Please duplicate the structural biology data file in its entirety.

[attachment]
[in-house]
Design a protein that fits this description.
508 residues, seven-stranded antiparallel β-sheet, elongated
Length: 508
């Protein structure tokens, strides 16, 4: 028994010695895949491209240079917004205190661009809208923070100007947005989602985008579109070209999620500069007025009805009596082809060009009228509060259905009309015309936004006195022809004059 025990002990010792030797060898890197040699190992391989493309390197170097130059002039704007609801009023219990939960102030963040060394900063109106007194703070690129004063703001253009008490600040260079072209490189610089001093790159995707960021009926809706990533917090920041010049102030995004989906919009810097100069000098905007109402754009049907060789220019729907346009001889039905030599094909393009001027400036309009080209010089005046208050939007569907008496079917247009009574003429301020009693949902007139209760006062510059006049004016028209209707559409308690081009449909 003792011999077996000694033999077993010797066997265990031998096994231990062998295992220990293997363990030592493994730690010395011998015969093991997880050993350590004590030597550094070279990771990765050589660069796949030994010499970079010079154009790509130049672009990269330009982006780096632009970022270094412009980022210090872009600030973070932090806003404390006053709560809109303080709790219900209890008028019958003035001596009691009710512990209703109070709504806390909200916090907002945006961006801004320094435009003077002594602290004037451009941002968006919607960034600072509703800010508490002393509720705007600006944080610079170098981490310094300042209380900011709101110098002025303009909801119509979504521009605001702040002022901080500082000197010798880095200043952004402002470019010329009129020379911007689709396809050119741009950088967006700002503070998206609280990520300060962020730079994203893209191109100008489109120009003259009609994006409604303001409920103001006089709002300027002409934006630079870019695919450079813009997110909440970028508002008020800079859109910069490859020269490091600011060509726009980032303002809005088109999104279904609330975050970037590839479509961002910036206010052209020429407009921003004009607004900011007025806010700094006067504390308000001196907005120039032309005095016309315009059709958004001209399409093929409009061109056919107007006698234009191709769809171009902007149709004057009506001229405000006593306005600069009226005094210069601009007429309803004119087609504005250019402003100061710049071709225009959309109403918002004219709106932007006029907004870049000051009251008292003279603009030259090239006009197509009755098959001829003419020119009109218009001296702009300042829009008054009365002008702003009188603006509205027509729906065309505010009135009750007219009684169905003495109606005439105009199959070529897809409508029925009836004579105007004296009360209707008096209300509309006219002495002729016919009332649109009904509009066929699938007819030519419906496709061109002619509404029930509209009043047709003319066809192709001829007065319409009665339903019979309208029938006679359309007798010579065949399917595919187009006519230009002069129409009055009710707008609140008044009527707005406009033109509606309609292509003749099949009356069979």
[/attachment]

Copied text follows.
[in-house]
Design a protein that fits this description.
508 residues, seven-stranded antiparallel β-sheet, elongated
Length: 508
């Protein structure tokens, strides 16, 4: 028994010695895949491209240079917004205190661009809208923070100007947005989602985008579109070209999620500069007025009805009596082809060009009228509060259905009309015309936004006195022809004059 025990002990010792030797060898890197040699190992391989493309390197170097130059002039704007609801009023219990939960102030963040060394900063109106007194703070690129004063703001253009008490600040260079072209490189610089001093790159995707960021009926809706990533917090920041010049102030995004989906919009810097100069000098905007109402754009049907060789220019729907346009001889039905030599094909393009001027400036309009080209010089005046208050939007569907008496079917247009009574003429301020009693949902007139209760006062510059006049004016028209209707559409308690081009449909 003792011999077996000694033999077993010797066997265990031998096994231990062998295992220990293997363990030592493994730690010395011998015969093991997880050993350590004590030597550094070279990771990765050589660069796949030994010499970079010079154009790509130049672009990269330009982006780096632009970022270094412009980022210090872009600030973070932090806003404390006053709560809109303080709790219900209890008028019958003035001596009691009710512990209703109070709504806390909200916090907002945006961006801004320094435009003077002594602290004037451009941002968006919607960034600072509703800010508490002393509720705007600006944080610079170098981490310094300042209380900011709101110098002025303009909801119509979504521009605001702040002022901080500082000197010798880095200043952004402002470019010329009129020379911007689709396809050119741009950088967006700002503070998206609280990520300060962020730079994203893209191109100008489109120009003259009609994006409604303001409920103001006089709002300027002409934006630079870019695919450079813009997110909440970028508002008020800079859109910069490859020269490091600011060509726009980032303002809005088109999104279904609330975050970037590839479509961002910036206010052209020429407009921003004009607004900011007025806010700094006067504390308000001196907005120039032309005095016309315009059709958004001209399409093929409009061109056919107007006698234009191709769809171009902007149709004057009506001229405000006593306005600069009226005094210069601009007429309803004119087609504005250019402003100061710049071709225009959309109403918002004219709106932007006029907004870049000051009251008292003279603009030259090239006009197509009755098959001829003419020119009109218009001296702009300042829009008054009365002008702003009188603006509205027509729906065309505010009135009750007219009684169905003495109606005439105009199959070529897809409508029925009836004579105007004296009360209707008096209300509309006219002495002729016919009332649109009904509009066929699938007819030519419906496709061109002619509404029930509209009043047709003319066809192709001829007065319409009665339903019979309208029938006679359309007798010579065949399917595919187009006519230009002069129409009055009710707008609140008044009527707005406009033109509606309609292509003749099949009356069979």